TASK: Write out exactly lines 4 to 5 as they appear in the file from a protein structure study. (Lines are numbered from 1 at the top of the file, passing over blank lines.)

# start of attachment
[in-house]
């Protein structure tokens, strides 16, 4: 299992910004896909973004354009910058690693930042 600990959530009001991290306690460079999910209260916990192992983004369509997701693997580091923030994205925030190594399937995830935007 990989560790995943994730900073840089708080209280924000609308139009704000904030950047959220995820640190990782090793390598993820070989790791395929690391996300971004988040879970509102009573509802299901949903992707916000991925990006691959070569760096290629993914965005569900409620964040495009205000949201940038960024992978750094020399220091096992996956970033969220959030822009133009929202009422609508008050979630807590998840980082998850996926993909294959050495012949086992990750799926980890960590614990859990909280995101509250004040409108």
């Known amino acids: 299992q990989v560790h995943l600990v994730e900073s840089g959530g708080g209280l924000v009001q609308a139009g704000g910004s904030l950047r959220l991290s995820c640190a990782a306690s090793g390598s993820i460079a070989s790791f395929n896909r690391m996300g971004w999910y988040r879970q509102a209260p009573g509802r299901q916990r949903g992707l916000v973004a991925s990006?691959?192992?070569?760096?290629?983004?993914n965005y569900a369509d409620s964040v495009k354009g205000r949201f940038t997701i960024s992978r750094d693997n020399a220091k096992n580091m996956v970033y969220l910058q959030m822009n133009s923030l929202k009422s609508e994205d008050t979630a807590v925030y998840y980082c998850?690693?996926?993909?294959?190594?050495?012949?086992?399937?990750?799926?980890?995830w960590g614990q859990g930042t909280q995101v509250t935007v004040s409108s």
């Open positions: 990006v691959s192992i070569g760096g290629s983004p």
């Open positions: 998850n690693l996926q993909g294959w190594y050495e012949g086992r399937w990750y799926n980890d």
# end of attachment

């Open positions: 990006v691959s192992i070569g760096g290629s983004p």
């Open positions: 998850n690693l996926q993909g294959w190594y050495e012949g086992r399937w990750y799926n980890d």